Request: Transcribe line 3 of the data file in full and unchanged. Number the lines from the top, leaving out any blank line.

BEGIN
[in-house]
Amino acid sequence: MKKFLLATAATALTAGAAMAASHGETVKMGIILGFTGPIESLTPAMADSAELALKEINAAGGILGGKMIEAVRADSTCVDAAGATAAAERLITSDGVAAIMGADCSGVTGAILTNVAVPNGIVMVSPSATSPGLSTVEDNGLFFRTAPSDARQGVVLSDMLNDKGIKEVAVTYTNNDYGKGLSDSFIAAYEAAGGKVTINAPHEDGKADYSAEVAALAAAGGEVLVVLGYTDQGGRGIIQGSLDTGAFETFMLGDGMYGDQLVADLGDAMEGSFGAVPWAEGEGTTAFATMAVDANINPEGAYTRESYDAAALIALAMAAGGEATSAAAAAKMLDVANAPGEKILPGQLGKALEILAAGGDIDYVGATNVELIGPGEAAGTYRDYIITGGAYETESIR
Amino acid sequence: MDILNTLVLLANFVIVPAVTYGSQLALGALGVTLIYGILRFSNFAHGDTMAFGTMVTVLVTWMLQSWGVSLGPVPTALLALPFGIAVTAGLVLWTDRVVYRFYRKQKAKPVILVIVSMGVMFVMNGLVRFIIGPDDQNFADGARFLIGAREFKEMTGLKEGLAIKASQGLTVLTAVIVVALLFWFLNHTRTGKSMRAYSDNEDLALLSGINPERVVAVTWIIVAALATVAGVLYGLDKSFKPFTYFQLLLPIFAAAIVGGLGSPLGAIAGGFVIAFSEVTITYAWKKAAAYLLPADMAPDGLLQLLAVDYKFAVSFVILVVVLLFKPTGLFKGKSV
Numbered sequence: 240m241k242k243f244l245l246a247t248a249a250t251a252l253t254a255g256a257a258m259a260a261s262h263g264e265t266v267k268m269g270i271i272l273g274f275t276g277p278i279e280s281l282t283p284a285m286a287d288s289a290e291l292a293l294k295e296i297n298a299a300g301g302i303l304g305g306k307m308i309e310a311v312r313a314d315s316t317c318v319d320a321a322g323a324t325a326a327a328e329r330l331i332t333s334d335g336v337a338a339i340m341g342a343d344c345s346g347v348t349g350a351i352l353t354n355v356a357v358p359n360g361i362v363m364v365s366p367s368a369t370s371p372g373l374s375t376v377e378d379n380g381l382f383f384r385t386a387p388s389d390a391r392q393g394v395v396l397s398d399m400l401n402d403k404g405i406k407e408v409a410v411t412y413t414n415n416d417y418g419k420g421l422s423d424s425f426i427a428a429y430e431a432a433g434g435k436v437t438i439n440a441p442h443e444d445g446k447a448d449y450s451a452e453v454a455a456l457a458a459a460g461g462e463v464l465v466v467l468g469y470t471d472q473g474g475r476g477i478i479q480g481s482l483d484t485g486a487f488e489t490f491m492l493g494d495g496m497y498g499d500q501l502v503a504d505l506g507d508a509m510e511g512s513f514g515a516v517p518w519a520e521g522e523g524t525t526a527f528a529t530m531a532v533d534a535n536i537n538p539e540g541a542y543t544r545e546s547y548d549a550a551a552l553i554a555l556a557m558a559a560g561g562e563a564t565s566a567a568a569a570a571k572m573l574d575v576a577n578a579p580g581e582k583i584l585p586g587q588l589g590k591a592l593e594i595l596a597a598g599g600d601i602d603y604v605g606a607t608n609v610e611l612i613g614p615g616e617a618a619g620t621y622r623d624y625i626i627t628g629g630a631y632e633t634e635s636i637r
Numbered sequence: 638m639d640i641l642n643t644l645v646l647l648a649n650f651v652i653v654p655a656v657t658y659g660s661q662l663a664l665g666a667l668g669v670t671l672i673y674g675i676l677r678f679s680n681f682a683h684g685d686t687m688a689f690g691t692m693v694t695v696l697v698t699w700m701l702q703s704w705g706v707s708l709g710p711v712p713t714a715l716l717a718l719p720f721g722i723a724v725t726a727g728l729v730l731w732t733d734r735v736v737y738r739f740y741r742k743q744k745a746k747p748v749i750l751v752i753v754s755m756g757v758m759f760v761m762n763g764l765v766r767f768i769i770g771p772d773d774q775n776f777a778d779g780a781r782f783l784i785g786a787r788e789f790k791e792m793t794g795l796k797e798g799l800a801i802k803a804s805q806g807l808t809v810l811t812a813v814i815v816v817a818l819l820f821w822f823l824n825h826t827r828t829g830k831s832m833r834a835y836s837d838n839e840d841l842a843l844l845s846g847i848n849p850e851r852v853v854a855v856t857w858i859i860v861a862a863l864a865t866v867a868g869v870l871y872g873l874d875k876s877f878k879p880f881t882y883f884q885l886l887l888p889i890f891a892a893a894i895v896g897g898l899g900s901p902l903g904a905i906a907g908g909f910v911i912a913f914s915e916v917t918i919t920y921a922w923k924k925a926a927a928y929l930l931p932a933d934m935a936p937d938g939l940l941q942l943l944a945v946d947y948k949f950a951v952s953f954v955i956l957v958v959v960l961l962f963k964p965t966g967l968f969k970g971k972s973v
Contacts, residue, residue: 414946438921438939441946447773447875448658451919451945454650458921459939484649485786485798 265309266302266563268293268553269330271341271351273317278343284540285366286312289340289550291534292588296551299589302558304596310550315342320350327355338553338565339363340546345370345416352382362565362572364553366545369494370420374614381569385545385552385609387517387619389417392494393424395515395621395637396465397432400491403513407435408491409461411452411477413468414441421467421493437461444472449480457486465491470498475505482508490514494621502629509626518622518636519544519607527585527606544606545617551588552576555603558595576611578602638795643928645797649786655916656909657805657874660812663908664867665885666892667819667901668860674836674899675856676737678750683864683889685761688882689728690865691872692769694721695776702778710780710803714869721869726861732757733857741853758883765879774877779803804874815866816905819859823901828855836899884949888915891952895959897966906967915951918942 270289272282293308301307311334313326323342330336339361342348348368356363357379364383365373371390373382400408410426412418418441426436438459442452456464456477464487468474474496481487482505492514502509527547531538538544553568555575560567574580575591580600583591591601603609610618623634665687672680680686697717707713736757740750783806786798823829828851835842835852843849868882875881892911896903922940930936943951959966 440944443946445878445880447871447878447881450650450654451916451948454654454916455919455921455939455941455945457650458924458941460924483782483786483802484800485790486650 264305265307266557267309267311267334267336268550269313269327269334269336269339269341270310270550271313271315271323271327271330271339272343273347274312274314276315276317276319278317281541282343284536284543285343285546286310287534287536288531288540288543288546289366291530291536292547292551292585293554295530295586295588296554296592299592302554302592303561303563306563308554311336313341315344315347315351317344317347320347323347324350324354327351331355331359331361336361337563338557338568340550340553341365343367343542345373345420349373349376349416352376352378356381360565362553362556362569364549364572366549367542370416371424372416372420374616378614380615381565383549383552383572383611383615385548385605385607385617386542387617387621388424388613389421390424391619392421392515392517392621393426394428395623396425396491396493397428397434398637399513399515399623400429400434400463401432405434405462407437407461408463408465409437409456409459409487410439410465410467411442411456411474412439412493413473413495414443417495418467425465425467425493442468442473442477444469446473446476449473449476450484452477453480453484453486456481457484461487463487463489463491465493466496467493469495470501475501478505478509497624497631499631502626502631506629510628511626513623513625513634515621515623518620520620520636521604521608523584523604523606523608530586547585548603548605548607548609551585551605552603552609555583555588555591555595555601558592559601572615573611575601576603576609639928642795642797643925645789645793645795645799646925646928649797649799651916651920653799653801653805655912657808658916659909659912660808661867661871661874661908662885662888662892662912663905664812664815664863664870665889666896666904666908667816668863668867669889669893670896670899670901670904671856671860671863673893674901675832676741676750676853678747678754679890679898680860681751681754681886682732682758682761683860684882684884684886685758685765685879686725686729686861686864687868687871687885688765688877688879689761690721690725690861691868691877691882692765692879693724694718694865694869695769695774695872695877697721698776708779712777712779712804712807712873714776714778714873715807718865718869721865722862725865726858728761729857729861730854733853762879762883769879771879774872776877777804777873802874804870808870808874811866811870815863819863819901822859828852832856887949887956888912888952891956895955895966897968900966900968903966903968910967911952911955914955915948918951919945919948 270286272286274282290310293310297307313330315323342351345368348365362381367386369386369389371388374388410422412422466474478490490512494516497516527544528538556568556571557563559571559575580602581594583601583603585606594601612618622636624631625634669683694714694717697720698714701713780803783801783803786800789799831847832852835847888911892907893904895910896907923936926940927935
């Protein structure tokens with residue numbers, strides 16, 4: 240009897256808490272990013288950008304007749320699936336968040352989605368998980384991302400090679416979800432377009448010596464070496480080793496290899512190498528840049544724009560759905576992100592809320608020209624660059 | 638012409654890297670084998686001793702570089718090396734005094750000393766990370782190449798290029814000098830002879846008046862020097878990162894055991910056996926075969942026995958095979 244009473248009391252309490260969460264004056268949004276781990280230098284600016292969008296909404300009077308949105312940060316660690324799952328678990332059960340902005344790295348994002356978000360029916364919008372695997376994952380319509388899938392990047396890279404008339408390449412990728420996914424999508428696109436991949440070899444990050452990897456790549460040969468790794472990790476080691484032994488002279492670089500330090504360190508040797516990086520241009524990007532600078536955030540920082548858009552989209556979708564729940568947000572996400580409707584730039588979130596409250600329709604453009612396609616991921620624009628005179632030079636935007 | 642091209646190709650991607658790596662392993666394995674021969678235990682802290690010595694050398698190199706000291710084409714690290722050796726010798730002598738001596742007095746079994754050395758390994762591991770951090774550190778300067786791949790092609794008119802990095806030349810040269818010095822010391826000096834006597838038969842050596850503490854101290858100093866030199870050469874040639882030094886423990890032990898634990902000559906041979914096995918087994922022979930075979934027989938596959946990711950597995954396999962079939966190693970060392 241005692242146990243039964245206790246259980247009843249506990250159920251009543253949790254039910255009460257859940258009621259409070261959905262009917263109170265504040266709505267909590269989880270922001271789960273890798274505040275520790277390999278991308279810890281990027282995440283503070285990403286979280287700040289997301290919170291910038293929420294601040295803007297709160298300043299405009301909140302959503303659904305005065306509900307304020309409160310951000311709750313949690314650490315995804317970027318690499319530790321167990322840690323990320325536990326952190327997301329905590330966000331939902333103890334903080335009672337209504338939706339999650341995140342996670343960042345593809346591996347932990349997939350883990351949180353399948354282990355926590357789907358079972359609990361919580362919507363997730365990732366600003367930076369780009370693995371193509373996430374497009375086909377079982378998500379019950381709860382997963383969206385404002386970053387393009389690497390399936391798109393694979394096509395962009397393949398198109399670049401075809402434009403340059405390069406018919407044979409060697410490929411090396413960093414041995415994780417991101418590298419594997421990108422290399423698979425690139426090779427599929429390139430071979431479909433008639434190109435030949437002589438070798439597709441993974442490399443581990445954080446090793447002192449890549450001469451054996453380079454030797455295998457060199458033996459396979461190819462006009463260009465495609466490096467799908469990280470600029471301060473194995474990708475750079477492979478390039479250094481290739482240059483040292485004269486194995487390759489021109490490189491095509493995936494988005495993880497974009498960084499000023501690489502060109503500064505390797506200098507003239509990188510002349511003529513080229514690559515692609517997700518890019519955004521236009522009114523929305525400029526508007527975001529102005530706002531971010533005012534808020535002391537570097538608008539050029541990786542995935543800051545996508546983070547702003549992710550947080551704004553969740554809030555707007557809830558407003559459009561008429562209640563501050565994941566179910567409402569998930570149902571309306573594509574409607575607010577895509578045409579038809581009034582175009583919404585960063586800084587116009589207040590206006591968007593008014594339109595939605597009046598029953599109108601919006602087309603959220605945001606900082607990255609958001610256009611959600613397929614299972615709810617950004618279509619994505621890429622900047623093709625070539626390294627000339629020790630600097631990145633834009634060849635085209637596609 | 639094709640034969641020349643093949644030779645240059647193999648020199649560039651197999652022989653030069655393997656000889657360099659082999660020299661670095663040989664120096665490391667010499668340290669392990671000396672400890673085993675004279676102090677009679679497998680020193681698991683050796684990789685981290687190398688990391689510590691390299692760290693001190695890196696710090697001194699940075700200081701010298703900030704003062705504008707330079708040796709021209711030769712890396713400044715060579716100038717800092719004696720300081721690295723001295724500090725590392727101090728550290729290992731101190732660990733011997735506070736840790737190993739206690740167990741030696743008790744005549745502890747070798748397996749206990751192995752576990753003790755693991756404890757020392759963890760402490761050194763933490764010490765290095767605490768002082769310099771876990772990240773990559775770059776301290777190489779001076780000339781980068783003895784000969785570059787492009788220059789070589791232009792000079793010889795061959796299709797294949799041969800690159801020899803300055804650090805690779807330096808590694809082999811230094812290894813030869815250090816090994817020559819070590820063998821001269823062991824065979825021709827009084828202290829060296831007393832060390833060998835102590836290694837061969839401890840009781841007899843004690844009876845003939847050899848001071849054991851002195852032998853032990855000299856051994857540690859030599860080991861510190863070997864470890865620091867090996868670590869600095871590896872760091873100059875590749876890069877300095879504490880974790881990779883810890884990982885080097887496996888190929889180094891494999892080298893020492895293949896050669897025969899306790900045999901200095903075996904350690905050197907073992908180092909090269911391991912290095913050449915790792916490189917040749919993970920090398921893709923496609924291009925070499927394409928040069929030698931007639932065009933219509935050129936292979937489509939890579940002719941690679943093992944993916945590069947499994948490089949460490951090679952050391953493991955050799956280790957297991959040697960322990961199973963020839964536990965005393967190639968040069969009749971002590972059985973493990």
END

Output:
Amino acid sequence: MDILNTLVLLANFVIVPAVTYGSQLALGALGVTLIYGILRFSNFAHGDTMAFGTMVTVLVTWMLQSWGVSLGPVPTALLALPFGIAVTAGLVLWTDRVVYRFYRKQKAKPVILVIVSMGVMFVMNGLVRFIIGPDDQNFADGARFLIGAREFKEMTGLKEGLAIKASQGLTVLTAVIVVALLFWFLNHTRTGKSMRAYSDNEDLALLSGINPERVVAVTWIIVAALATVAGVLYGLDKSFKPFTYFQLLLPIFAAAIVGGLGSPLGAIAGGFVIAFSEVTITYAWKKAAAYLLPADMAPDGLLQLLAVDYKFAVSFVILVVVLLFKPTGLFKGKSV